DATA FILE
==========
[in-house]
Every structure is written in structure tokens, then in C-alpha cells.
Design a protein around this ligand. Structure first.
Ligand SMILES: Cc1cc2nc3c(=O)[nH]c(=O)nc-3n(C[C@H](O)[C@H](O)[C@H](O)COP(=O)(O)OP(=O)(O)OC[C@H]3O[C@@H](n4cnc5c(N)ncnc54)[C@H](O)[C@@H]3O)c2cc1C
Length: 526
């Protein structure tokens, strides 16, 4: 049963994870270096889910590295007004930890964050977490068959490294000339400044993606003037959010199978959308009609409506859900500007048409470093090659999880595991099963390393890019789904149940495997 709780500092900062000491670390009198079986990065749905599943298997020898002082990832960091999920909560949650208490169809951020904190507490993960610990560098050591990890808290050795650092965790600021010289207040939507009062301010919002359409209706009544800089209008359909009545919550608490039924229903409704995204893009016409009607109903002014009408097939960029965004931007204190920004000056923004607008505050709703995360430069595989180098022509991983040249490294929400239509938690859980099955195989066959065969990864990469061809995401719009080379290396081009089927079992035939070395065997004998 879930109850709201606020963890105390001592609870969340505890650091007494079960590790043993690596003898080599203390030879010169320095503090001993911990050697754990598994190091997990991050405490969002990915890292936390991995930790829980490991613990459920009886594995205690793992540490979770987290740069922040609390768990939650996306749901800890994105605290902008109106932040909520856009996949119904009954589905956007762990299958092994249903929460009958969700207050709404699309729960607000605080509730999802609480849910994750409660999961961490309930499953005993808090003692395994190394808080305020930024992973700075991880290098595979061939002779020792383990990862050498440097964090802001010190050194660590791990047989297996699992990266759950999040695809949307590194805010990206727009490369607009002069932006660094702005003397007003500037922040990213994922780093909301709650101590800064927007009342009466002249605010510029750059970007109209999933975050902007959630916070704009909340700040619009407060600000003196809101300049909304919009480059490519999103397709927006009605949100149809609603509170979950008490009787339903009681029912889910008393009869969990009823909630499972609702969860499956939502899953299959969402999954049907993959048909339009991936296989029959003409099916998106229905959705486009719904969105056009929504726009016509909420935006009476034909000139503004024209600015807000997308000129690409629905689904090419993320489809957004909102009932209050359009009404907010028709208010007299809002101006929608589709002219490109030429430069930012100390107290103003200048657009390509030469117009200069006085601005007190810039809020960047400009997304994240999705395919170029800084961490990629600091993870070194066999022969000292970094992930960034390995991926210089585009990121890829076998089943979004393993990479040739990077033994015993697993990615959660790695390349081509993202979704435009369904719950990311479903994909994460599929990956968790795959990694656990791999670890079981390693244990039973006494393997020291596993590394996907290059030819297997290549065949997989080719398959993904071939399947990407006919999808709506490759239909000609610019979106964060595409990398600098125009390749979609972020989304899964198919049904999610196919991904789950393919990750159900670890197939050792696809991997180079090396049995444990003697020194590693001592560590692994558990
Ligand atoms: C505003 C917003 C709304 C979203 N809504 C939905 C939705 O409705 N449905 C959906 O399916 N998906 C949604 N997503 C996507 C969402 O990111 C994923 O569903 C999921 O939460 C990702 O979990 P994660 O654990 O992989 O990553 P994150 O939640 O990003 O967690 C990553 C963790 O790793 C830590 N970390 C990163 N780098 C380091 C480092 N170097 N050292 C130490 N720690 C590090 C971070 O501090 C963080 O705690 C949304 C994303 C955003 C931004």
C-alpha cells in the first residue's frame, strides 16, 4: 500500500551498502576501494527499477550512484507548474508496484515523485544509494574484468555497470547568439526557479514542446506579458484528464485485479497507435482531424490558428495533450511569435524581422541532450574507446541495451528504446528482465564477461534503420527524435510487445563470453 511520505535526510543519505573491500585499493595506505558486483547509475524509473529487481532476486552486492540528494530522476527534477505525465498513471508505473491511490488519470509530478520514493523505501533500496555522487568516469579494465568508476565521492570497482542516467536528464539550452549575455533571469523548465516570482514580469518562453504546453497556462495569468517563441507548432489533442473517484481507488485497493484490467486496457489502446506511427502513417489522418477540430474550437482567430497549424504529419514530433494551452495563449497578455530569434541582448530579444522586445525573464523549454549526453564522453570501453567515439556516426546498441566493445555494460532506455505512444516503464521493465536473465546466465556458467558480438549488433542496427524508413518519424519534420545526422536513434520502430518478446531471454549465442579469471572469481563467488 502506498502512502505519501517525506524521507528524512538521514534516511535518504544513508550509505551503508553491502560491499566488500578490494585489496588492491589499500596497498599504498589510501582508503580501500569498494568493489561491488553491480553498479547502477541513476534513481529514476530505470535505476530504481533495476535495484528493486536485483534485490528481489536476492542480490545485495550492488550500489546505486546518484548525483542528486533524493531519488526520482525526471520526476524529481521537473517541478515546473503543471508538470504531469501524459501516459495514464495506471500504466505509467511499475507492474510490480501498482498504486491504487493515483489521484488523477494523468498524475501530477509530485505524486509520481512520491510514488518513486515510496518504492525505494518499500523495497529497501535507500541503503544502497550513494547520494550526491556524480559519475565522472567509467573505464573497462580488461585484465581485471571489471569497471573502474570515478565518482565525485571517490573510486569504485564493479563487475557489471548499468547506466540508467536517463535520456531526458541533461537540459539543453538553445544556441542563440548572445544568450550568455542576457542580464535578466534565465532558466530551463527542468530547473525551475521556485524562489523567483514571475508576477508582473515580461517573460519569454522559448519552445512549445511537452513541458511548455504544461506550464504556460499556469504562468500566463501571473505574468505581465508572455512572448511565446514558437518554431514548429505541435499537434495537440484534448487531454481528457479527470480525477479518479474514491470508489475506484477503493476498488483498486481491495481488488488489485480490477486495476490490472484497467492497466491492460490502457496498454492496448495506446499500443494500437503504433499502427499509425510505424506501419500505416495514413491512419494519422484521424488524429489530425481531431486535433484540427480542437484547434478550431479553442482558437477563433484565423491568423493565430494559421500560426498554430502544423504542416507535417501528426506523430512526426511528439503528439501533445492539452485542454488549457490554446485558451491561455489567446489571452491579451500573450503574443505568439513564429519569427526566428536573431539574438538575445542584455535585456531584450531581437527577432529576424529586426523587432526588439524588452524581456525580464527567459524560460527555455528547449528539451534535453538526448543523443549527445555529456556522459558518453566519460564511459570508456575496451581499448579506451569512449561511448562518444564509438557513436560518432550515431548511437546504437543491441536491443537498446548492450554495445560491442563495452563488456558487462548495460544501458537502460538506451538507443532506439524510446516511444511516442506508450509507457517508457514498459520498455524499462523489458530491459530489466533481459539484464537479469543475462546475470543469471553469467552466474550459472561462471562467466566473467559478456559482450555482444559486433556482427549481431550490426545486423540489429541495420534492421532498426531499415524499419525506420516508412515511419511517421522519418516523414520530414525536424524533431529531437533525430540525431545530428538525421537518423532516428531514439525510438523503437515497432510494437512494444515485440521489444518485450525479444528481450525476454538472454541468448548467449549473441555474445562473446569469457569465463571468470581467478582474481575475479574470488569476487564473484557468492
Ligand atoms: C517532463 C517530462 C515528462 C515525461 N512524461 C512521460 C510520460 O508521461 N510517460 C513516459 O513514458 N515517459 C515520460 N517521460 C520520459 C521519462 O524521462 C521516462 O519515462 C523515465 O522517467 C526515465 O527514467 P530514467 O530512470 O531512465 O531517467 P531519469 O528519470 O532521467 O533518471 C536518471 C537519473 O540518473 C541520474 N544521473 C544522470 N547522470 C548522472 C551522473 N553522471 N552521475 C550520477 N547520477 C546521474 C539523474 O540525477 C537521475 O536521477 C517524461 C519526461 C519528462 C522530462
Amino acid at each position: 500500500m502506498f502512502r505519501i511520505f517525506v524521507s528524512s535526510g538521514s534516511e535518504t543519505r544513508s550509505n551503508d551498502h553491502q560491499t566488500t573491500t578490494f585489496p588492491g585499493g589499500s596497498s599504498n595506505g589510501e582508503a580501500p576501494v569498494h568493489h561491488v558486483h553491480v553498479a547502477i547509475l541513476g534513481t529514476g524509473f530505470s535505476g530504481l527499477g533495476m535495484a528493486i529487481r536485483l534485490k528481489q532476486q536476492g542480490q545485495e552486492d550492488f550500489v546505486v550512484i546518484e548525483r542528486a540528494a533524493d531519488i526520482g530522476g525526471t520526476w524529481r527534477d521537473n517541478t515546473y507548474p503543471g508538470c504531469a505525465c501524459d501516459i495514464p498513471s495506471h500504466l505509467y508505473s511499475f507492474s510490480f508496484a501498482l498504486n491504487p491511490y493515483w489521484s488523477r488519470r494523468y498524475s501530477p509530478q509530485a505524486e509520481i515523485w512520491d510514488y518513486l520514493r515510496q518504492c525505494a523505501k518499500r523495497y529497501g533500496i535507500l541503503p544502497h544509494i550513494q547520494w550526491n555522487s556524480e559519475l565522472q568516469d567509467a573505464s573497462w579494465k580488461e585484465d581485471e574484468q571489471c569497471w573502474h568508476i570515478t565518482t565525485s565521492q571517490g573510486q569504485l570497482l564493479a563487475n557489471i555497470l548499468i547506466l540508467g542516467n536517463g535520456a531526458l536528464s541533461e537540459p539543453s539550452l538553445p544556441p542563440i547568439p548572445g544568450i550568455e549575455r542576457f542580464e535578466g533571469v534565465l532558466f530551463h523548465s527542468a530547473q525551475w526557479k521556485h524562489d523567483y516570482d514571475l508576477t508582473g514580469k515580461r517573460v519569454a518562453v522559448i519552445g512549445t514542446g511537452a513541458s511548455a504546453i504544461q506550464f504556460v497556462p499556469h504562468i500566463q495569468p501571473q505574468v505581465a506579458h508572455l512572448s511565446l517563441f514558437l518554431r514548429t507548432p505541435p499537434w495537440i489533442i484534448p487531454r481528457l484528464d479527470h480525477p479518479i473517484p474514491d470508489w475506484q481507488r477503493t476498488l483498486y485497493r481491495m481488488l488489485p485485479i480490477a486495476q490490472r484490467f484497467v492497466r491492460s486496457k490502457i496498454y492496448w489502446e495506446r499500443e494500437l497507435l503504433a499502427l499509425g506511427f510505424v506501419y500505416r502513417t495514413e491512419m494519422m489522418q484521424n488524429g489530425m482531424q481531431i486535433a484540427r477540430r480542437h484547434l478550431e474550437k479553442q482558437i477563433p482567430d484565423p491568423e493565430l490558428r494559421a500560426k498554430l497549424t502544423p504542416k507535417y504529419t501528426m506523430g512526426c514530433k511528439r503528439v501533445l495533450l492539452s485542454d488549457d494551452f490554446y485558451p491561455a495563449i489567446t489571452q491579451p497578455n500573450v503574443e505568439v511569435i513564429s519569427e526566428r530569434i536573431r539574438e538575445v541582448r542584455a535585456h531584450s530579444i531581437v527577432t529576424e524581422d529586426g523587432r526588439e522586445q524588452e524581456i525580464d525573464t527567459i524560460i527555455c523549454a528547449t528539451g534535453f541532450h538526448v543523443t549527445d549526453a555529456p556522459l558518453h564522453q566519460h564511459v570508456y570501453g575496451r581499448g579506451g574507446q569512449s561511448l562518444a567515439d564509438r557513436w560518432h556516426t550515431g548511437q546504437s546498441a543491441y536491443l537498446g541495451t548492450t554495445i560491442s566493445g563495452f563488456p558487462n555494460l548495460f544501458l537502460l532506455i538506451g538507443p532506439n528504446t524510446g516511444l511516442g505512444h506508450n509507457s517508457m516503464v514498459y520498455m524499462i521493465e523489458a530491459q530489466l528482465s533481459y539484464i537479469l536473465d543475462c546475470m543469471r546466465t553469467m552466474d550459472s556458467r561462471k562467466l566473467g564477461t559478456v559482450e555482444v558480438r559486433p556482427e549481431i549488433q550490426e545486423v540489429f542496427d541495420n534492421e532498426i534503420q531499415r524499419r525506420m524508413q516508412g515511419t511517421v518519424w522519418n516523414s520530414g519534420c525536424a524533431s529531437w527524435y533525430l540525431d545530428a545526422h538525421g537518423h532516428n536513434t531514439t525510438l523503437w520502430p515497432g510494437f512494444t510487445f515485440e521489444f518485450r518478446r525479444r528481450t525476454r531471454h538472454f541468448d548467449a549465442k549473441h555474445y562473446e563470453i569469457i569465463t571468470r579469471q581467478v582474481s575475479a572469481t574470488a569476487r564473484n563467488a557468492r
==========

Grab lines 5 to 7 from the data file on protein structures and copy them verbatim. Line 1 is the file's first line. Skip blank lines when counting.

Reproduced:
Length: 526
């Protein structure tokens, strides 16, 4: 049963994870270096889910590295007004930890964050977490068959490294000339400044993606003037959010199978959308009609409506859900500007048409470093090659999880595991099963390393890019789904149940495997 709780500092900062000491670390009198079986990065749905599943298997020898002082990832960091999920909560949650208490169809951020904190507490993960610990560098050591990890808290050795650092965790600021010289207040939507009062301010919002359409209706009544800089209008359909009545919550608490039924229903409704995204893009016409009607109903002014009408097939960029965004931007204190920004000056923004607008505050709703995360430069595989180098022509991983040249490294929400239509938690859980099955195989066959065969990864990469061809995401719009080379290396081009089927079992035939070395065997004998 879930109850709201606020963890105390001592609870969340505890650091007494079960590790043993690596003898080599203390030879010169320095503090001993911990050697754990598994190091997990991050405490969002990915890292936390991995930790829980490991613990459920009886594995205690793992540490979770987290740069922040609390768990939650996306749901800890994105605290902008109106932040909520856009996949119904009954589905956007762990299958092994249903929460009958969700207050709404699309729960607000605080509730999802609480849910994750409660999961961490309930499953005993808090003692395994190394808080305020930024992973700075991880290098595979061939002779020792383990990862050498440097964090802001010190050194660590791990047989297996699992990266759950999040695809949307590194805010990206727009490369607009002069932006660094702005003397007003500037922040990213994922780093909301709650101590800064927007009342009466002249605010510029750059970007109209999933975050902007959630916070704009909340700040619009407060600000003196809101300049909304919009480059490519999103397709927006009605949100149809609603509170979950008490009787339903009681029912889910008393009869969990009823909630499972609702969860499956939502899953299959969402999954049907993959048909339009991936296989029959003409099916998106229905959705486009719904969105056009929504726009016509909420935006009476034909000139503004024209600015807000997308000129690409629905689904090419993320489809957004909102009932209050359009009404907010028709208010007299809002101006929608589709002219490109030429430069930012100390107290103003200048657009390509030469117009200069006085601005007190810039809020960047400009997304994240999705395919170029800084961490990629600091993870070194066999022969000292970094992930960034390995991926210089585009990121890829076998089943979004393993990479040739990077033994015993697993990615959660790695390349081509993202979704435009369904719950990311479903994909994460599929990956968790795959990694656990791999670890079981390693244990039973006494393997020291596993590394996907290059030819297997290549065949997989080719398959993904071939399947990407006919999808709506490759239909000609610019979106964060595409990398600098125009390749979609972020989304899964198919049904999610196919991904789950393919990750159900670890197939050792696809991997180079090396049995444990003697020194590693001592560590692994558990
Ligand atoms: C505003 C917003 C709304 C979203 N809504 C939905 C939705 O409705 N449905 C959906 O399916 N998906 C949604 N997503 C996507 C969402 O990111 C994923 O569903 C999921 O939460 C990702 O979990 P994660 O654990 O992989 O990553 P994150 O939640 O990003 O967690 C990553 C963790 O790793 C830590 N970390 C990163 N780098 C380091 C480092 N170097 N050292 C130490 N720690 C590090 C971070 O501090 C963080 O705690 C949304 C994303 C955003 C931004």